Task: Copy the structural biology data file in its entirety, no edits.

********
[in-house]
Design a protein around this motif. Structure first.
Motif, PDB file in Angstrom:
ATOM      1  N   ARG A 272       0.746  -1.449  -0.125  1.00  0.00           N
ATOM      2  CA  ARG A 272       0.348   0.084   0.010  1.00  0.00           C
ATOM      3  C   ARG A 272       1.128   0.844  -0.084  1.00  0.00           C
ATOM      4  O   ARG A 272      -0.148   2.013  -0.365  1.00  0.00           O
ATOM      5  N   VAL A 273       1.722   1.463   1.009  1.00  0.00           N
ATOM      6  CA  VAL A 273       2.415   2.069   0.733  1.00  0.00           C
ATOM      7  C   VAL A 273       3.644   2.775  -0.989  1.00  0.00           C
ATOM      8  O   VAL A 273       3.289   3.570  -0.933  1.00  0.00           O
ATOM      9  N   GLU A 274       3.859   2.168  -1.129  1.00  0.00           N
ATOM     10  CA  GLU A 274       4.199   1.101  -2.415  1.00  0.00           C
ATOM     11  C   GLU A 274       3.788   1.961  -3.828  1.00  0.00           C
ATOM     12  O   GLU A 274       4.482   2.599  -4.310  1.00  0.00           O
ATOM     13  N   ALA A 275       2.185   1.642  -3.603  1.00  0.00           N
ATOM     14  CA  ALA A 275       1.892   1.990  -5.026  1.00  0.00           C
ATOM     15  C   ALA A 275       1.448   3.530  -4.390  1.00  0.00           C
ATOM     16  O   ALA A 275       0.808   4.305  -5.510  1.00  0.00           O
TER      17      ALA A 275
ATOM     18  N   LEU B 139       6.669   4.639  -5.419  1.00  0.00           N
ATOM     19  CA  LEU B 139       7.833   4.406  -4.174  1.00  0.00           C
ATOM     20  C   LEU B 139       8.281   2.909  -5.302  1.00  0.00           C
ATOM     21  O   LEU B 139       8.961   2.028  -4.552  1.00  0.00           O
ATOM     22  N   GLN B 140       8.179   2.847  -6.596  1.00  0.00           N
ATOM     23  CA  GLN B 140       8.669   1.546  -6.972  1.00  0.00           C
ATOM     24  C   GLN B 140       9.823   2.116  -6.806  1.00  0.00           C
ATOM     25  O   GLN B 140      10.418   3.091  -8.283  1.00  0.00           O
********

[in-house]
Design a protein around this motif. Structure first.
Motif, PDB file in Angstrom:
ATOM      1  N   ARG A 272       0.746  -1.449  -0.125  1.00  0.00           N
ATOM      2  CA  ARG A 272       0.348   0.084   0.010  1.00  0.00           C
ATOM      3  C   ARG A 272       1.128   0.844  -0.084  1.00  0.00           C
ATOM      4  O   ARG A 272      -0.148   2.013  -0.365  1.00  0.00           O
ATOM      5  N   VAL A 273       1.722   1.463   1.009  1.00  0.00           N
ATOM      6  CA  VAL A 273       2.415   2.069   0.733  1.00  0.00           C
ATOM      7  C   VAL A 273       3.644   2.775  -0.989  1.00  0.00           C
ATOM      8  O   VAL A 273       3.289   3.570  -0.933  1.00  0.00           O
ATOM      9  N   GLU A 274       3.859   2.168  -1.129  1.00  0.00           N
ATOM     10  CA  GLU A 274       4.199   1.101  -2.415  1.00  0.00           C
ATOM     11  C   GLU A 274       3.788   1.961  -3.828  1.00  0.00           C
ATOM     12  O   GLU A 274       4.482   2.599  -4.310  1.00  0.00           O
ATOM     13  N   ALA A 275       2.185   1.642  -3.603  1.00  0.00           N
ATOM     14  CA  ALA A 275       1.892   1.990  -5.026  1.00  0.00           C
ATOM     15  C   ALA A 275       1.448   3.530  -4.390  1.00  0.00           C
ATOM     16  O   ALA A 275       0.808   4.305  -5.510  1.00  0.00           O
TER      17      ALA A 275
ATOM     18  N   LEU B 139       6.669   4.639  -5.419  1.00  0.00           N
ATOM     19  CA  LEU B 139       7.833   4.406  -4.174  1.00  0.00           C
ATOM     20  C   LEU B 139       8.281   2.909  -5.302  1.00  0.00           C
ATOM     21  O   LEU B 139       8.961   2.028  -4.552  1.00  0.00           O
ATOM     22  N   GLN B 140       8.179   2.847  -6.596  1.00  0.00           N
ATOM     23  CA  GLN B 140       8.669   1.546  -6.972  1.00  0.00           C
ATOM     24  C   GLN B 140       9.823   2.116  -6.806  1.00  0.00           C
ATOM     25  O   GLN B 140      10.418   3.091  -8.283  1.00  0.00           O